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on the wall of the bedroom shared by him and his brother edgar stans the testament of faith, thy will be done. it was a home of patriotism as well as faith. and of respect for things of the mind. work, constant and hard work was also a staple of the family routine. the creamery where young eisenhower worked during his spare time while he was in school is still one of abilene's light industries. ♪ ♪ in this way, and by these standards young dwight eisenhower grew to a manhood the world would one day know well. he was 20 when he left abilene. for the military academy at west point. ♪ ♪
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many a great american has begun his march into history as a cadet on the plane at west point. ♪ ♪ ♪ >> eisenhower was graduated from the military academy in 1915 and commissioned a second lieutenant of infantry. ♪ ♪ >> a new phase of life was beginning. in the summer of 1916 as a newly promoted first lieutenant at fort sam houston, texas, he met geneva dowd of denver. ♪ ♪ >> events in europe were forging a new phase of life of the entire world. world war i gave the general his first experience with combat. when young eisenhower was not
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among them. world war i brought him instead command of a tank training center at gettysburg, pennsylvania where he prepared troops with the new tank corps for overseas duty. his performance won for him the distinguished service medal, but before he was able to get to europe the war ended. ♪ ♪ in the late 1920s after the command of general staff school, major dwight d. eisenhower was assigned to france on prepare a guide book. it was his first direct experience with that continent. with the '30s came other assi assignments climaxed by douglas mccarthy in the philippines. for four years he worked with macarthur who was commander in chief of the philippine army to work out a plan for his military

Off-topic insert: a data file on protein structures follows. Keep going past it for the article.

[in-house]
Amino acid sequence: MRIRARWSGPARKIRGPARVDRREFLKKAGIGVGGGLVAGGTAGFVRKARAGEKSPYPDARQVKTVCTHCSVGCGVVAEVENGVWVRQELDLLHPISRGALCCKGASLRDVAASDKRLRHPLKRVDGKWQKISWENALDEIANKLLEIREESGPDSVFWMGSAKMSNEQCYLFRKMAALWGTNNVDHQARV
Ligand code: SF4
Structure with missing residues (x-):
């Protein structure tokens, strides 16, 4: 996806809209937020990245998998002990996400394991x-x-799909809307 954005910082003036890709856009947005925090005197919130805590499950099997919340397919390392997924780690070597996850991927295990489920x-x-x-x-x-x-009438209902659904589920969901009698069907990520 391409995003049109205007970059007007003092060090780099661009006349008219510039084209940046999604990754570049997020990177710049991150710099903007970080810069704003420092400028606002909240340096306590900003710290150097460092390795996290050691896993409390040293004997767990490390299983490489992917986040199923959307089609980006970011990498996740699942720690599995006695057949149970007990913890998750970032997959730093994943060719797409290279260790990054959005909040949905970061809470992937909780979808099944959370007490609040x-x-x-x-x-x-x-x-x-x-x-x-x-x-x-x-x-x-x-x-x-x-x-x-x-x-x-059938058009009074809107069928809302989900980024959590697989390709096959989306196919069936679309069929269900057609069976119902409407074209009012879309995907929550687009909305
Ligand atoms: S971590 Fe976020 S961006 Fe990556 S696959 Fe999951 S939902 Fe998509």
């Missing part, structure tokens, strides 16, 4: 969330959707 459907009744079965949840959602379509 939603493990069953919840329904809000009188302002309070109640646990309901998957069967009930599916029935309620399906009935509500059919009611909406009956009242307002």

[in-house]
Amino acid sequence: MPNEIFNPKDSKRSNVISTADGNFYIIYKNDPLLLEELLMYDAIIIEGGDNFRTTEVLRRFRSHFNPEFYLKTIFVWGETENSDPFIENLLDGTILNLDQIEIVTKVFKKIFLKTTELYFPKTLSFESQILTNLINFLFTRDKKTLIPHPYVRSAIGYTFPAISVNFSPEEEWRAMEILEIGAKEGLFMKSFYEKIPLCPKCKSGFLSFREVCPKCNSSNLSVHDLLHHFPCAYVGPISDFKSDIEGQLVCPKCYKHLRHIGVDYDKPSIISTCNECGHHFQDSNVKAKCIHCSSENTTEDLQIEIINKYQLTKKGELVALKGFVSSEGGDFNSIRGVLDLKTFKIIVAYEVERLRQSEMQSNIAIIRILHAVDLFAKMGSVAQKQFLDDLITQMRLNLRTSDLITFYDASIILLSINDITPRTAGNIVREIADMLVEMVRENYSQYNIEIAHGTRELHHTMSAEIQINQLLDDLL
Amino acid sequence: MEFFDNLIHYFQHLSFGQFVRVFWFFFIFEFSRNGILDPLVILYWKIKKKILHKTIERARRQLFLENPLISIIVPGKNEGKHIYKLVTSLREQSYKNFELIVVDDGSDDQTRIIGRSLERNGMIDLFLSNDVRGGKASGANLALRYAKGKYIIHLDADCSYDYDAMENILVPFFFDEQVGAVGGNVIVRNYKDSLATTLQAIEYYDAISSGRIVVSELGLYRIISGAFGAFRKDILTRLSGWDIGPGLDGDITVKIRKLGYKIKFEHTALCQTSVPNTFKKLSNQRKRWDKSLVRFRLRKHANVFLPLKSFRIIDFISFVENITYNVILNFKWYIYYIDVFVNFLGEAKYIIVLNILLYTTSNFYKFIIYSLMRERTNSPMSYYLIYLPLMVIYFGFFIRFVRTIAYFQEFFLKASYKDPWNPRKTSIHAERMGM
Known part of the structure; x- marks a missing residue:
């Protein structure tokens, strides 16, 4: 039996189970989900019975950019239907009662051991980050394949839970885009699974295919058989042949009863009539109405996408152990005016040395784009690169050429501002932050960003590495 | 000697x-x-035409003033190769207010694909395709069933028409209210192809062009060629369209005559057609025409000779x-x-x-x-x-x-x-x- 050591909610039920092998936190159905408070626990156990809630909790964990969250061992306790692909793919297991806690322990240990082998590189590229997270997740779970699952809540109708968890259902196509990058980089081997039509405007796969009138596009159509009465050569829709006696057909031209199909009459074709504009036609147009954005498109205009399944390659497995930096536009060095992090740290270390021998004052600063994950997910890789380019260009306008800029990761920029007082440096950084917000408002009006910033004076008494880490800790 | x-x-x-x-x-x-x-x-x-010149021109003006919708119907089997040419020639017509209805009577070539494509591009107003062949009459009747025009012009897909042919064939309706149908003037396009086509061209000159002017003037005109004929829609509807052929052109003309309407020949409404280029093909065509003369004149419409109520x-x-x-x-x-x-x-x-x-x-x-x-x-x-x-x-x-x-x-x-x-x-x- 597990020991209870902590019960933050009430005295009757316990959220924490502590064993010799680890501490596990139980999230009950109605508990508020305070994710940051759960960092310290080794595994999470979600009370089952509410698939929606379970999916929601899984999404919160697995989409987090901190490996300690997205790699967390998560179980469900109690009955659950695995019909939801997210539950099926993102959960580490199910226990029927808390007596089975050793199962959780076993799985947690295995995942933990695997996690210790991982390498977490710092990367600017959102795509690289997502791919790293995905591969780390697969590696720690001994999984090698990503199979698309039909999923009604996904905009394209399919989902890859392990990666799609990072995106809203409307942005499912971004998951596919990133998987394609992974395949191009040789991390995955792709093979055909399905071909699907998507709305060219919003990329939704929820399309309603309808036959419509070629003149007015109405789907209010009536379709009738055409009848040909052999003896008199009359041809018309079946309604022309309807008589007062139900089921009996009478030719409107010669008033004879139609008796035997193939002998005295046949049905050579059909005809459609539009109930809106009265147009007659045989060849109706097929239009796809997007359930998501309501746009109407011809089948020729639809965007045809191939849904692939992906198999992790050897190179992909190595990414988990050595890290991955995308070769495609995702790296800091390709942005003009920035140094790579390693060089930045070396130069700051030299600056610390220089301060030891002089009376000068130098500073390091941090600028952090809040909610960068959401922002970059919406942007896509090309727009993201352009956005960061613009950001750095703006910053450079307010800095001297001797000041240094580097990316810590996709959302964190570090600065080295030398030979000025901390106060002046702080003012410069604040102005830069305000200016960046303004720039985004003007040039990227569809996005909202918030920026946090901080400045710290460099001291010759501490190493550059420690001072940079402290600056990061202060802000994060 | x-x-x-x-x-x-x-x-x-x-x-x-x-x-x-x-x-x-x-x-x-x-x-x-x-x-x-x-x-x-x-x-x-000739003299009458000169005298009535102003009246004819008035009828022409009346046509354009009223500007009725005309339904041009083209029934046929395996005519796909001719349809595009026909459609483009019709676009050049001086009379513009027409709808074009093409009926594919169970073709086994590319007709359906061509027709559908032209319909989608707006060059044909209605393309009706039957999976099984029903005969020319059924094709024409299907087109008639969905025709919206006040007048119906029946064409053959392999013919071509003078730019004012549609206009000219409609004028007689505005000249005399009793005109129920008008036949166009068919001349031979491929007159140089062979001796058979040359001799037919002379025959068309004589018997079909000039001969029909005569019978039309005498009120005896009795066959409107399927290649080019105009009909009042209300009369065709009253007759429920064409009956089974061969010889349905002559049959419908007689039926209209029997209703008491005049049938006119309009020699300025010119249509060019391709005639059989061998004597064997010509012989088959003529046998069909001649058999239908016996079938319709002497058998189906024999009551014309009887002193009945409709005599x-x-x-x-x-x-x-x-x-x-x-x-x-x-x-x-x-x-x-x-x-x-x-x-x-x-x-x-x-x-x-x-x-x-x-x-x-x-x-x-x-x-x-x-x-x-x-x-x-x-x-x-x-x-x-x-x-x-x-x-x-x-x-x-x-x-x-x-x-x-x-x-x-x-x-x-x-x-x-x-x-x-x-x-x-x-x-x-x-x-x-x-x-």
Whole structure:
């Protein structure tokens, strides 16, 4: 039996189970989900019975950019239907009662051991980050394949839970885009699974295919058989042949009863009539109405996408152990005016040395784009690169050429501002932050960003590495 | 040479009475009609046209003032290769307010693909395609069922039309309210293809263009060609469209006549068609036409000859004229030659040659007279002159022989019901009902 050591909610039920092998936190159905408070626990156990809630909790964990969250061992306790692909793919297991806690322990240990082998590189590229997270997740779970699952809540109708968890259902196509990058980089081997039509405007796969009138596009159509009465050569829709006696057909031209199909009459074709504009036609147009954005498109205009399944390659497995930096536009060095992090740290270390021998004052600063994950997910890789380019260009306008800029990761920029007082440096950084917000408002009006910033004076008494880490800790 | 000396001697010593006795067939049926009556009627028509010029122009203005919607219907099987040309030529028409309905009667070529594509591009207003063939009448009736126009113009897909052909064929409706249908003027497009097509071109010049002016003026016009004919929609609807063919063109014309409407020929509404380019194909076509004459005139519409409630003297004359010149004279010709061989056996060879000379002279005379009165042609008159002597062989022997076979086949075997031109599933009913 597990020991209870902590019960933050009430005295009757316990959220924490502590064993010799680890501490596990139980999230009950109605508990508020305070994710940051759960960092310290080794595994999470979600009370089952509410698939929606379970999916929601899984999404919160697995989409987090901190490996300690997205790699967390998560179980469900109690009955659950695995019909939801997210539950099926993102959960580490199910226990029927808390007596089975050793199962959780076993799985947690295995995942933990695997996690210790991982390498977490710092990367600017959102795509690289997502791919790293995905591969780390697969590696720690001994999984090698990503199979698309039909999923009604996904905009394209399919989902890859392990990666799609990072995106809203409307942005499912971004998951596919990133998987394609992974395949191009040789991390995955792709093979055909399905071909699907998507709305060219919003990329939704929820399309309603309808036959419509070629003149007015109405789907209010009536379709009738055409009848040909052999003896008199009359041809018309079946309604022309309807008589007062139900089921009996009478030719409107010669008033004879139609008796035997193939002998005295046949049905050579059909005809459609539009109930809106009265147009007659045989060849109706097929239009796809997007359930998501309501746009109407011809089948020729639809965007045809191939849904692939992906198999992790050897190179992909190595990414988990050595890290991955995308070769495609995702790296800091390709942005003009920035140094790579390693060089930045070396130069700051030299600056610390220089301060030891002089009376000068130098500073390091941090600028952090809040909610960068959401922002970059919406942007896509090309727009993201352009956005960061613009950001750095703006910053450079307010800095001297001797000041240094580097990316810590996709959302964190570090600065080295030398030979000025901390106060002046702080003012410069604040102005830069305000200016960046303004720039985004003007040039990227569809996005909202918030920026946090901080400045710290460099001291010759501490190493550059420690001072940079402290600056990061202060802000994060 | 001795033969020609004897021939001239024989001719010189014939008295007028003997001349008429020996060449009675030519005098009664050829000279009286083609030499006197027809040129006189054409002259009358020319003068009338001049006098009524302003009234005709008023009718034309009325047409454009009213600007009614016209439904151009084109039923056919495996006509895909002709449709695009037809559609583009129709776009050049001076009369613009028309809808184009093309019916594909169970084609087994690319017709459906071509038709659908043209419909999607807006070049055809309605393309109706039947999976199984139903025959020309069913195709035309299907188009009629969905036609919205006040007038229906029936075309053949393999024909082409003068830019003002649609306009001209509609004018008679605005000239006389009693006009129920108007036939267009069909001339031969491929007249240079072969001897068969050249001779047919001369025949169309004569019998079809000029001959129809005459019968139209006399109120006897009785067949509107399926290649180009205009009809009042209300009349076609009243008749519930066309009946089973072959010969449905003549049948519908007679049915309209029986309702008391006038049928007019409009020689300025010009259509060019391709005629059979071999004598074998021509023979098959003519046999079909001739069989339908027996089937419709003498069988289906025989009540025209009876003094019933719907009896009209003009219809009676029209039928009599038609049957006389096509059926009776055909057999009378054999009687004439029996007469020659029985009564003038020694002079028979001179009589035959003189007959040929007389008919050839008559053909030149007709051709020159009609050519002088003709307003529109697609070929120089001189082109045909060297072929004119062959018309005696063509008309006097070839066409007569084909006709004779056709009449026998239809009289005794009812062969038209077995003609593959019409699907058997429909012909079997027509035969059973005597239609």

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defense. ♪ ♪ ordered back to the states in december 1939, lieutenant colonel eisenhower went to washington as commanding officer of the 15th regiment. ♪ ♪ in the dark spring of 1940, german auto divisions were crashing through harlem and belgium. ♪ ♪ >> he was streaking its destruction through europe skies and beleaguered britain standing alone. the united states had passed the selective service act to prepare for what inevitably lay ahead. and the biggest challenge in colonel eisenhower's life was to
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aid in that preparation. ♪ ♪ >> later 1940 he was made chief of staff where his staff brought in assignment as chief of staff of the 9th corps. ♪ ♪ >> in the summer of 1941 colonel eisenhower became chief of staff to general walter krueger whose newly organized third army was preparing to participate in the most realistic war maneuvers held by american troops. ♪ ♪ in these maneuvers over the fought for the growing army of citizen soldiers, eisenhower's task was to work out a plan of defense against an invading, mechanized force. [ shots fired ] ♪ ♪ >> soon after the maneuvers were
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over, eisenhower was promoted to brigadier general and within days came the bombing of pearl harbor. ♪ [ explosion ] >> from almost this moment on the fate of the nation and the fate of general dwight d. eisenhower would be inextricably bound together. call to washington in the first weeks after the war began, eisenhower went to work in the office of the water department. among the plans formulated during this time was the central strategic determination to make an eventual attack across the english channel and the principal ally defensive ♪ ♪ >> the mural covering the west wall of the eisenhower museum dramatizes the high spots of the next great sequence of the nature involving the nature and the man whose ability to rise brought him rapid promotions.
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because an all-out channel invasions would be impossible for 1944 and because of the need for offensive action was immediate in 1942, the allies undertook the combined operation under the command of dwight d. eisenhower and the invasion of north africa. the minimum objective of this manurer was to have casa blank and algiers. [ explosion ] >> along the rim of a north african coast, troops were ashore in late novemberen countering resistance ranging for miles at algiers to surprisingly stiff at casa ♪ ♪ >> the command's hope was to push east along the mediterranean and take the post of pisette and tunis.